How to Wean Night Feedings and Boost Sleep
Weaning Night Feeds
Getting your baby to eat more during the day and less at night can start when your baby is as young as 1-month-old. It is essential, of course, to ensure your baby is getting enough nourishment. If you have plenty of milk (discuss with your doctor/lactation consultant before using these tips), and your baby is gaining steadily, you can begin to wean night feedings and help your baby sleep better at night with some swaddling, white noise…or with SNOO.
When Should I Wean My Baby Off Night Feedings?
When babies should be weaned from night feedings depends on whether they are bottle-fed or breastfed. Babies that are bottle-fed can be weaned from night feedings at around 6 months of age, whereas breastfed babies may take up to a year to be weaned from night feedings.
Do Babies Naturally Drop Night Feeds?
It is natural for babies to drop night feeds on their own. This is because your baby will be able to last longer without food. You can prep your baby to drop night weaning by gradually giving him less time on the breast each night. Below you will find detailed tips for weaning your baby from night feedings.
How to Wean Night Feedings
For the first month: If your baby sleeps 4 to 5 hours at night, awaken him and feed him to make sure he gets enough milk. I also suggest you use the wake and sleep technique for all naps/nights. It is a gentle and gradual way that teaches your baby to self-soothe and builds her confidence over time that she can put herself back to sleep when she awakens. This is essential as you begin to drop night feeds.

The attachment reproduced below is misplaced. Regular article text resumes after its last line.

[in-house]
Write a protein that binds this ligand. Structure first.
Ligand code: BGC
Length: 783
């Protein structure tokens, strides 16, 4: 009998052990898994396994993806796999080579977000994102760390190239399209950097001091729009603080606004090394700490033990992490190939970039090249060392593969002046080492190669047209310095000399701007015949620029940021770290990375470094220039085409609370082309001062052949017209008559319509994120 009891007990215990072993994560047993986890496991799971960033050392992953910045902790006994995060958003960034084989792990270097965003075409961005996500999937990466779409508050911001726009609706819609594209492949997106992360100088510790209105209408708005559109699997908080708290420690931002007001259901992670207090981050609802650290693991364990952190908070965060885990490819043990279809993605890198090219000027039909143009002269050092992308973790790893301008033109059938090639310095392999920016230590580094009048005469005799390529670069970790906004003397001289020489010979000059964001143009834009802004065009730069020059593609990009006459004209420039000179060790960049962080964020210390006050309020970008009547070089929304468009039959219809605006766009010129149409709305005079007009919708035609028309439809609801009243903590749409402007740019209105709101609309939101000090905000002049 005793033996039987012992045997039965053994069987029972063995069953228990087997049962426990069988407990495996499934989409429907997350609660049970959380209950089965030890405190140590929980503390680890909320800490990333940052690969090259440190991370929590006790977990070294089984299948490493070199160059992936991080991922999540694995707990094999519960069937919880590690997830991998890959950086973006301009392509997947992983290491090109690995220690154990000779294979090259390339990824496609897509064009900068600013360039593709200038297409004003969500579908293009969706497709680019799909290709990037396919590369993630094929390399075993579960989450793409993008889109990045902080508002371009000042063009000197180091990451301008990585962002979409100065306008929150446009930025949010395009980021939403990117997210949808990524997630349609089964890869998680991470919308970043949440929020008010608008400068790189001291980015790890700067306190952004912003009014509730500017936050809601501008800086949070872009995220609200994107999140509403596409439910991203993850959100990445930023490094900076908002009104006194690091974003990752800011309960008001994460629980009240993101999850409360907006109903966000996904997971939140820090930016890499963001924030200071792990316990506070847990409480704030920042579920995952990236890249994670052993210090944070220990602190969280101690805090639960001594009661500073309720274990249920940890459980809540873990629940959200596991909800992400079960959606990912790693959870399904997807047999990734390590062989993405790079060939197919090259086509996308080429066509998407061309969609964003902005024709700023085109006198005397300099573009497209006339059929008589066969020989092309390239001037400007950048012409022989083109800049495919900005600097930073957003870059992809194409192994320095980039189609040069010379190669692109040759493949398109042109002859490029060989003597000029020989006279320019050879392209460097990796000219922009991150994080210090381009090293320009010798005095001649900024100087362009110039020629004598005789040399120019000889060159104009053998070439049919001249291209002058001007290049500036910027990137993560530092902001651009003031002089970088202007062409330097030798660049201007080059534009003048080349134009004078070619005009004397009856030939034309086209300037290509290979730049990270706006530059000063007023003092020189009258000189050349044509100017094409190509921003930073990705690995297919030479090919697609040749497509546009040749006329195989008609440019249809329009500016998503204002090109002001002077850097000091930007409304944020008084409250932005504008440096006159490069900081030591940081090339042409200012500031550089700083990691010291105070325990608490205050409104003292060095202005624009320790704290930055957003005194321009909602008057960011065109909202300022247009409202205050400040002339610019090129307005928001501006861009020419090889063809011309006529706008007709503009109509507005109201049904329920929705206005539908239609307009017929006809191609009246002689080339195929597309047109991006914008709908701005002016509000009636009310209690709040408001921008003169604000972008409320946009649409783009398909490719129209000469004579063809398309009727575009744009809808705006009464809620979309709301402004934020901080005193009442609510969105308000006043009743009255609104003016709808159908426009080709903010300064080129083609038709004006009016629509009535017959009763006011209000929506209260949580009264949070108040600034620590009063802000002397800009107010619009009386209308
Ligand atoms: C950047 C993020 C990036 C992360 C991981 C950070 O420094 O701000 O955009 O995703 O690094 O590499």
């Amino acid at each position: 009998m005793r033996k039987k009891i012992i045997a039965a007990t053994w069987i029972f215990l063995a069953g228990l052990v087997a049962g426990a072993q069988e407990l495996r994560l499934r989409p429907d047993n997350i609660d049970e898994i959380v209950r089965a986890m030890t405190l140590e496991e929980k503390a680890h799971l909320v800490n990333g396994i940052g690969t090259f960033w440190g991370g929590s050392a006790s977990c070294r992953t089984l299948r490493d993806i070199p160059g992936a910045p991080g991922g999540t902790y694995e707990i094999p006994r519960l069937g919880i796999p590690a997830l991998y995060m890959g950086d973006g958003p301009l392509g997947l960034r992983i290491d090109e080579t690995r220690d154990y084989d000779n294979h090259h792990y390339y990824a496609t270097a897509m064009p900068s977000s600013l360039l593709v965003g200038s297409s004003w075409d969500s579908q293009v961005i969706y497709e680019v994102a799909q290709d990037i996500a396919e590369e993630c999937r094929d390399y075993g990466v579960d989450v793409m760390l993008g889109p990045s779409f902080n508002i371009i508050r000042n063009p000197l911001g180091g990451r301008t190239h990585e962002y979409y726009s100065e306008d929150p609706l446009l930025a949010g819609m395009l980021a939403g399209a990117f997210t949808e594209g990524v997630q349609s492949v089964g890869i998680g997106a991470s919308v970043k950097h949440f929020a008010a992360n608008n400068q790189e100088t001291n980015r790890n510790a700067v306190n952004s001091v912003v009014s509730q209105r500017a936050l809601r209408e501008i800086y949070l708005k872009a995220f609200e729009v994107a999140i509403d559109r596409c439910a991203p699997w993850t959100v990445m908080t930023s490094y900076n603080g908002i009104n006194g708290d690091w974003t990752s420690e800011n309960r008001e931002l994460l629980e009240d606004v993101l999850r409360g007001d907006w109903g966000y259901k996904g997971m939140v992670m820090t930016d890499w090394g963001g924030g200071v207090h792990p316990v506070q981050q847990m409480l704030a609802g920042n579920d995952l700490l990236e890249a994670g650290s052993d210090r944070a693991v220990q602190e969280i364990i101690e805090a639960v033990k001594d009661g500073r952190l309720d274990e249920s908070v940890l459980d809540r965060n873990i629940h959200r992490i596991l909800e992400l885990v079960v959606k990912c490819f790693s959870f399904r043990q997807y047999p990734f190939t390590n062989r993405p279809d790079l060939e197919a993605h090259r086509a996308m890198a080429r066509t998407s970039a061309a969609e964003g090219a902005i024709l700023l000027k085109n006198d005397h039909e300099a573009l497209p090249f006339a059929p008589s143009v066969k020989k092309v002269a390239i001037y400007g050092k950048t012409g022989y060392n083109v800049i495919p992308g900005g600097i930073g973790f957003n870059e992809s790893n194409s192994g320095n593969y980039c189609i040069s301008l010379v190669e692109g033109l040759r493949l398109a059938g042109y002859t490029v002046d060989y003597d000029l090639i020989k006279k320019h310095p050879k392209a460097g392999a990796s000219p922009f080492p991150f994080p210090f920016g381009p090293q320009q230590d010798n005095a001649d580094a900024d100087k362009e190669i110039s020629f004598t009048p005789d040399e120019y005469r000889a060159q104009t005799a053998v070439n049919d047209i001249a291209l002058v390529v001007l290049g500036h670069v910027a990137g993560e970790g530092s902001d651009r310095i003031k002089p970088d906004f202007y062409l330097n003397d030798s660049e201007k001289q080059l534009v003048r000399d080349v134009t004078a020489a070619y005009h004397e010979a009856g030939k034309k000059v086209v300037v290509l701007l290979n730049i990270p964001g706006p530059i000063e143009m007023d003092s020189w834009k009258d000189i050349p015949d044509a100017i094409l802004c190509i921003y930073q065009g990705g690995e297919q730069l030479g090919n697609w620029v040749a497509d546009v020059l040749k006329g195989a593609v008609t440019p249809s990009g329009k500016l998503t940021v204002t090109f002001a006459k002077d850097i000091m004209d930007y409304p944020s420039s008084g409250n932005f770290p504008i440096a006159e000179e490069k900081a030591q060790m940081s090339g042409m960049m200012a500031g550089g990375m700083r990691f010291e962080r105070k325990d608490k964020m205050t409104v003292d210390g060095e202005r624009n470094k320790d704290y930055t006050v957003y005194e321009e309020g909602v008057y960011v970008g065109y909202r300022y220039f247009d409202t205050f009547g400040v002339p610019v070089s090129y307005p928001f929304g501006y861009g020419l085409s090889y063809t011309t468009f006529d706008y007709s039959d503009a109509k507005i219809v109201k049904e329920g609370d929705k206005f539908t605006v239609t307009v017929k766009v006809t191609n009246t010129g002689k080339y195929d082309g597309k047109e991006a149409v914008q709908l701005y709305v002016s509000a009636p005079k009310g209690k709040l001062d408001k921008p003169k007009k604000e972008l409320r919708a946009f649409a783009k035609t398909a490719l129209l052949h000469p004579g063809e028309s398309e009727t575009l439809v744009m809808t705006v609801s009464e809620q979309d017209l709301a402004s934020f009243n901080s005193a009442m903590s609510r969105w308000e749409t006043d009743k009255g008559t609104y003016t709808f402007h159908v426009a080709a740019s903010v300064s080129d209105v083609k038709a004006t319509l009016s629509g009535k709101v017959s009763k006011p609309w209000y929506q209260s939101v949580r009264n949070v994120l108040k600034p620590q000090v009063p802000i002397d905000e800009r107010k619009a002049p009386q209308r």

For the next 2 months: Let your little one sleep longer (maybe up to 6 hours or so) before you awaken and feed. Pump a few ounces if your breasts feel too full. Consider awakening your baby before a midnight dream feed. I like to think of this as topping off the tank. It should provide your baby more ‘fuel’ so they can sleep a longer stretch on their overnight journey.
I highly recommend you use swaddling and strong rumbly white noise—or SNOO—to aid sleep. With each of these, you will reduce night awakenings and help your baby tune out disruptions, both external and internal, that might irritate your baby at night. Some parents worry that their baby will sleep too deeply and go hungry, but those concerns are unfounded. Rest assured, if your baby needs to eat, she will definitely awaken!
After 4 months: You can boost daytime calories by offering extra feedings and reducing mealtime distractions. And, continue to awaken your baby prior to a midnight dream feed.
Final Thoughts on How to Wean Night Feedings
Once you have successfully figured out how to wean your baby from night feedings, you may find it easier to get the sleep that you need to feel well-rested, too! For more tips on breastfeeding, please read:
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Disclaimer: The information on our site is NOT medical advice for any specific person or condition. It is only meant as general information. If you have any medical questions and concerns about your child or yourself, please contact your health provider. Breastmilk is the best source of nutrition for babies. It is important that, in preparation for and during breastfeeding, mothers eat a healthy, balanced diet. Combined breast- and bottle-feeding in the first weeks of life may reduce the supply of a mother's breastmilk and reversing the decision not to breastfeed is difficult. If you do decide to use infant formula, you should follow instructions carefully.